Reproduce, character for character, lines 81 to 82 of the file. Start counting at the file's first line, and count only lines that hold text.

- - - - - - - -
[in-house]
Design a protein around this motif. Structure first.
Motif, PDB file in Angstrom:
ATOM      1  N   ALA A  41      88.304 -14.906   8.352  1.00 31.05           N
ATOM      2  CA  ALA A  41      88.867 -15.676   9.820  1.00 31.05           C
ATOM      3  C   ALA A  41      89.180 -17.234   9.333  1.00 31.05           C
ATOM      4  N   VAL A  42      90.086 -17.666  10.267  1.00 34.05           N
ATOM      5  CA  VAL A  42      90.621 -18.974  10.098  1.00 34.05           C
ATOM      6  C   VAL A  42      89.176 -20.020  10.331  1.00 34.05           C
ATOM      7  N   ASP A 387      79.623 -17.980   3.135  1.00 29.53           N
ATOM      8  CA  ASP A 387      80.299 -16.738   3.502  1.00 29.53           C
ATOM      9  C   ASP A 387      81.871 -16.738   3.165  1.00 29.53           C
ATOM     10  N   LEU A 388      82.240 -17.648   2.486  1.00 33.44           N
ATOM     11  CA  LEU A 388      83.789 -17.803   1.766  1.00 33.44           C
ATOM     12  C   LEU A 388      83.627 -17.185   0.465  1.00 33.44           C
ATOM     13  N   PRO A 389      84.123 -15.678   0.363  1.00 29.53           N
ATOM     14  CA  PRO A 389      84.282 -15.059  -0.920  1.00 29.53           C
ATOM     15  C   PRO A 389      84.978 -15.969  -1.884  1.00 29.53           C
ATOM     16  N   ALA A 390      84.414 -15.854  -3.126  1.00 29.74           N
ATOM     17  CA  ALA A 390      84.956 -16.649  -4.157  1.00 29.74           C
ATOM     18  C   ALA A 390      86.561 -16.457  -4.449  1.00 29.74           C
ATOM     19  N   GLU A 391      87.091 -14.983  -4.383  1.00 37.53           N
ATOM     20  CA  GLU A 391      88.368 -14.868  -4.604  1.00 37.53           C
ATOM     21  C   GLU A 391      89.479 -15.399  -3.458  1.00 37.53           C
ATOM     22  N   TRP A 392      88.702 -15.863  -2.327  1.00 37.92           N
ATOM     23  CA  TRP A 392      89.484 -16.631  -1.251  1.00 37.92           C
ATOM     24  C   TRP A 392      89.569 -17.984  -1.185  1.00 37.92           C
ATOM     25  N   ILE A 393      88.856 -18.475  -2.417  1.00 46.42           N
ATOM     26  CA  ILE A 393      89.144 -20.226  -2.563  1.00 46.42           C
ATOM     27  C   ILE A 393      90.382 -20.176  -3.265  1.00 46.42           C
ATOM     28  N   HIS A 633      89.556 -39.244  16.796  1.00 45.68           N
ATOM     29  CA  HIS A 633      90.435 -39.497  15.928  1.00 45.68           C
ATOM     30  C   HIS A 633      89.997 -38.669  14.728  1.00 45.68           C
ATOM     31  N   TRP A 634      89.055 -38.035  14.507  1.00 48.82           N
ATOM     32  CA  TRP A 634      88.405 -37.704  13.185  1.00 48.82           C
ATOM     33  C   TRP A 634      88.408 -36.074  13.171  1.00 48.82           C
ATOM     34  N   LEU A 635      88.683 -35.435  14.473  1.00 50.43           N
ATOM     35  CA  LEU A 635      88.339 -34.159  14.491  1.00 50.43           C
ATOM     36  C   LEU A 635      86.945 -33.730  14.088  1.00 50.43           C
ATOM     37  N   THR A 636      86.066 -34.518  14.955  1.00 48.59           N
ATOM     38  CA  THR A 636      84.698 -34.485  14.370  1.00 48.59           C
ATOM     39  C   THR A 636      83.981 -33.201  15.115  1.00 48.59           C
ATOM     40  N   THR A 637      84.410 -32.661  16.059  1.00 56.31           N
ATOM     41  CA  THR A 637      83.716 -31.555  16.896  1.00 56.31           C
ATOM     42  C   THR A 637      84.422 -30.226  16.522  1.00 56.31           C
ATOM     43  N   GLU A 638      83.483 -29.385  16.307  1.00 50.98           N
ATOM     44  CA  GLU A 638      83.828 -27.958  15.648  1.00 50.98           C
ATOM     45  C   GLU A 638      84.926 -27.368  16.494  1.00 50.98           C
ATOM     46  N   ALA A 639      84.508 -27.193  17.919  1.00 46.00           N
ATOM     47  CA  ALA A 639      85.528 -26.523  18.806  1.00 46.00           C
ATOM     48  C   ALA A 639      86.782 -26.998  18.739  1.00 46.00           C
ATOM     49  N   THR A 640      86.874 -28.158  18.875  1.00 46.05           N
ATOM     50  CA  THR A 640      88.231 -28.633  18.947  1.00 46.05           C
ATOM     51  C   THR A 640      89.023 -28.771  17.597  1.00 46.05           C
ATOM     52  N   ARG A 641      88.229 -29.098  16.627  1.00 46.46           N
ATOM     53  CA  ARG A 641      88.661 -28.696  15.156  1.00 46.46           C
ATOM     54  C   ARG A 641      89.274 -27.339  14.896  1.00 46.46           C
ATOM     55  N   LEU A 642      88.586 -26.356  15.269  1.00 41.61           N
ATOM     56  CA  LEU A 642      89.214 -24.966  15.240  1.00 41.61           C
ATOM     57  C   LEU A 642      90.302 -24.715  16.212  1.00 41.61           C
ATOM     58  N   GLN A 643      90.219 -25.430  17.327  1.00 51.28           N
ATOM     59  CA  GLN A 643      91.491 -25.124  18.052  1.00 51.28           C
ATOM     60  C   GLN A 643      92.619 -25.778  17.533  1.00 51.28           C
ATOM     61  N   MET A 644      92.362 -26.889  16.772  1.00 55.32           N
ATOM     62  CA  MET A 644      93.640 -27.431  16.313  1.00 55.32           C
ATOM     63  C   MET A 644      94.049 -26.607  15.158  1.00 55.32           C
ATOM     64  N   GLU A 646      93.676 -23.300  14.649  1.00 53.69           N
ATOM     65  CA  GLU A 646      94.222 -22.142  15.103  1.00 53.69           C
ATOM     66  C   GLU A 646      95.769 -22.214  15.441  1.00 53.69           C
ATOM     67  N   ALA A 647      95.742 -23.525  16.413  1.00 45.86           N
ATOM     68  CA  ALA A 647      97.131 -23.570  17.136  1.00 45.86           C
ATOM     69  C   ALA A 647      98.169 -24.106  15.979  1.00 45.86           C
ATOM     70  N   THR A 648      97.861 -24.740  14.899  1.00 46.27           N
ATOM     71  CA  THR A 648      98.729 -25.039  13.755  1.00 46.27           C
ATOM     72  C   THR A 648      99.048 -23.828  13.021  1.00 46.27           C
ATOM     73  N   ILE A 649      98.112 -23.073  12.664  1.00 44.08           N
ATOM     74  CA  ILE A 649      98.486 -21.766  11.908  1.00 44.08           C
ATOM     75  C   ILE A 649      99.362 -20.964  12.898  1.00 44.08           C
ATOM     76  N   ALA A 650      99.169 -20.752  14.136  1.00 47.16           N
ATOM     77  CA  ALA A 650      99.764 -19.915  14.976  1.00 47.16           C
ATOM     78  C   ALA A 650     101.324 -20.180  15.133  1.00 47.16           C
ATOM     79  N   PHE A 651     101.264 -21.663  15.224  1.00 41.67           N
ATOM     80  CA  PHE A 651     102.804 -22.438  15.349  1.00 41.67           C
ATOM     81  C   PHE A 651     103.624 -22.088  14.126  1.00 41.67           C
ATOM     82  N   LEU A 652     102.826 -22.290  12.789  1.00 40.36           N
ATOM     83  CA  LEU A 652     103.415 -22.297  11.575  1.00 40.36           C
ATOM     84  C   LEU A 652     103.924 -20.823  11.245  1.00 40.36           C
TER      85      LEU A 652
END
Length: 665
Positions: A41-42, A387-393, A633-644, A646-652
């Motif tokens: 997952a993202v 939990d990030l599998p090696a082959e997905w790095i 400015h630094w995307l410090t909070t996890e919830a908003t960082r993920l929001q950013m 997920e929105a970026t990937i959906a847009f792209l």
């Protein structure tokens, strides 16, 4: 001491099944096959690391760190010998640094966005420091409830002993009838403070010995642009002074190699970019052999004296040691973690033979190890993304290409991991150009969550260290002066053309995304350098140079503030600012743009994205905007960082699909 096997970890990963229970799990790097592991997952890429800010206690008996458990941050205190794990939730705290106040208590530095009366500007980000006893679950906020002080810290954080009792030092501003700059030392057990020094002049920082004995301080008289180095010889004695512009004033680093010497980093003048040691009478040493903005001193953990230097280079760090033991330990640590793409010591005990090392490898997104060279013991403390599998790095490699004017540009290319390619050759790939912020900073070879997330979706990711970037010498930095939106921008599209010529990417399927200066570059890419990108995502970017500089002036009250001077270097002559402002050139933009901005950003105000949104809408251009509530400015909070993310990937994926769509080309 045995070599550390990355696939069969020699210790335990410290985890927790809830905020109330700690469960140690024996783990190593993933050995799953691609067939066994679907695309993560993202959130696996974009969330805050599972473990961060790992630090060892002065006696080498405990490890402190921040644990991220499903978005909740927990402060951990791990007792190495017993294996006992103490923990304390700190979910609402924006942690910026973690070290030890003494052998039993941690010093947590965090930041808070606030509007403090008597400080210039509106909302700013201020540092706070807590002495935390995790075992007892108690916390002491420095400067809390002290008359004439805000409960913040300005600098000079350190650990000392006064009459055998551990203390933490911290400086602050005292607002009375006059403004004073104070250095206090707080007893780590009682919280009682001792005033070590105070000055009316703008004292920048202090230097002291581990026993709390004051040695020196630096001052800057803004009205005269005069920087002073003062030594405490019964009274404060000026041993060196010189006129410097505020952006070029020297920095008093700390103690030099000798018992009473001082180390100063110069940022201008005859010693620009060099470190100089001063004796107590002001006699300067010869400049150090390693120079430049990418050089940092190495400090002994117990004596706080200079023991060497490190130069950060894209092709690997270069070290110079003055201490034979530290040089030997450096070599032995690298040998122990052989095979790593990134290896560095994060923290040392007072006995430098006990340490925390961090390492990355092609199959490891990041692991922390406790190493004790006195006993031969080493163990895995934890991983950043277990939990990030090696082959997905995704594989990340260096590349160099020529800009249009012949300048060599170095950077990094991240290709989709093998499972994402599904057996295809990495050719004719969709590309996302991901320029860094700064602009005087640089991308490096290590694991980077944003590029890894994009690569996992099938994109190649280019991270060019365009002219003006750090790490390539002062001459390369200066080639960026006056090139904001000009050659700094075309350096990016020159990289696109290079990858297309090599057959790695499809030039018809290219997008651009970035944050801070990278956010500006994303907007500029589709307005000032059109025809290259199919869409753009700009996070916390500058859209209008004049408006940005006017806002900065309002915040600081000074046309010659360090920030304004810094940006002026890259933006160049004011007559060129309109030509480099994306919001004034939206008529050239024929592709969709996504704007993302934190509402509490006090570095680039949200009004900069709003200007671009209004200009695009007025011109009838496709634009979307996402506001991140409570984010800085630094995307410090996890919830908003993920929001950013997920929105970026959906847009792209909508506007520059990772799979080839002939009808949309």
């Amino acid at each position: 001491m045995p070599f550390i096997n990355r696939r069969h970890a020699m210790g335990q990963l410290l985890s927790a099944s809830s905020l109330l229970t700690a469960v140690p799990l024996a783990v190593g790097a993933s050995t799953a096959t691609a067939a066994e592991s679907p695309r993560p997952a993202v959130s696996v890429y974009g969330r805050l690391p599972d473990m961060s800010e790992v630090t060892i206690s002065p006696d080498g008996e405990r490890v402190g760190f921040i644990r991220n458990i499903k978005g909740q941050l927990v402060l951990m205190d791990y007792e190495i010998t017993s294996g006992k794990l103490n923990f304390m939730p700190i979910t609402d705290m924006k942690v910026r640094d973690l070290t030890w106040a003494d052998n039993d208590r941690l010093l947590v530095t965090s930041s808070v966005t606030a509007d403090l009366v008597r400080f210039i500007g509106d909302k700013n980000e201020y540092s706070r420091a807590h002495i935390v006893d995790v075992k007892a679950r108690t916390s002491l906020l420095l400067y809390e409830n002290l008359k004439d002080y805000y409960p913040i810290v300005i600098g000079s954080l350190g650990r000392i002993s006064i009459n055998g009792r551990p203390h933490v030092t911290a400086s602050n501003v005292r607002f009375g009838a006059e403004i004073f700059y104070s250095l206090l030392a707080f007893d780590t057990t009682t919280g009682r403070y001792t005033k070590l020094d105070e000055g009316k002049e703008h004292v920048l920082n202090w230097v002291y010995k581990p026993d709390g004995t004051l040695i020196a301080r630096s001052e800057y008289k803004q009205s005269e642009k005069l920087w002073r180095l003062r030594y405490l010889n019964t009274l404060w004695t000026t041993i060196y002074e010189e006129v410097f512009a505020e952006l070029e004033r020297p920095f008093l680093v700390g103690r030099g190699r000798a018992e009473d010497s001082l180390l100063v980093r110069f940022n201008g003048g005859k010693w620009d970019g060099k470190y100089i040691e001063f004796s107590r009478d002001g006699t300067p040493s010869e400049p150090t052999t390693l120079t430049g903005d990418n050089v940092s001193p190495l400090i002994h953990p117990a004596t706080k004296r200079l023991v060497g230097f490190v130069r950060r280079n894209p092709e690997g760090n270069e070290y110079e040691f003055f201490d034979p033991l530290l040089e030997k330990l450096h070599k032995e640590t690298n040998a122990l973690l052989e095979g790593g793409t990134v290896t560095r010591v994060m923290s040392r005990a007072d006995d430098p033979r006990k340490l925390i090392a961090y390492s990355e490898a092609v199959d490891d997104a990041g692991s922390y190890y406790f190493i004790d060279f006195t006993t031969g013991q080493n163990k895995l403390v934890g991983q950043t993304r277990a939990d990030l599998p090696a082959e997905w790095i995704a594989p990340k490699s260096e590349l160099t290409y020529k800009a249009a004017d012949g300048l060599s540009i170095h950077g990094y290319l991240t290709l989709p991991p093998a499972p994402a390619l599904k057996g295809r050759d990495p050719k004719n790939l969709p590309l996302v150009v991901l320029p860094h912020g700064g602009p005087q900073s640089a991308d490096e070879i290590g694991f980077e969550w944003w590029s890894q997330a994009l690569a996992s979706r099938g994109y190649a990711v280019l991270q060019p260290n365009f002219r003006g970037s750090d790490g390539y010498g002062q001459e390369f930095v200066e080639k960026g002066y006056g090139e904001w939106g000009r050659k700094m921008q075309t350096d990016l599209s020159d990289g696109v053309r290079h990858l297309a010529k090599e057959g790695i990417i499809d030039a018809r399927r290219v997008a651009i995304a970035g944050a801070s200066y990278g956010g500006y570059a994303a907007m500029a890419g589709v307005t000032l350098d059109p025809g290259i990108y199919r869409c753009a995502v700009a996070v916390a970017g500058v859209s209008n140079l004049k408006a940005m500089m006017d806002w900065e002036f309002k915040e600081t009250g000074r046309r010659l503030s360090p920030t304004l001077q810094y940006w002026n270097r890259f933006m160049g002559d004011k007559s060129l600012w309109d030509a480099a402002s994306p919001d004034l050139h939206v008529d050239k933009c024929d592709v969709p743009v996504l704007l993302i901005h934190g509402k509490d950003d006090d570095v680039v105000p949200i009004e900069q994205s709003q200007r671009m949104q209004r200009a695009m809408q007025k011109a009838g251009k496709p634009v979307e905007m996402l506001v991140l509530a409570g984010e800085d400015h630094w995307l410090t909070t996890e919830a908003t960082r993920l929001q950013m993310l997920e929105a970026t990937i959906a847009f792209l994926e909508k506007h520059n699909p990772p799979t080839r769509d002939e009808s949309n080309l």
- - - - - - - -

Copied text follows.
ATOM     78  C   ALA A 650     101.324 -20.180  15.133  1.00 47.16           C
ATOM     79  N   PHE A 651     101.264 -21.663  15.224  1.00 41.67           N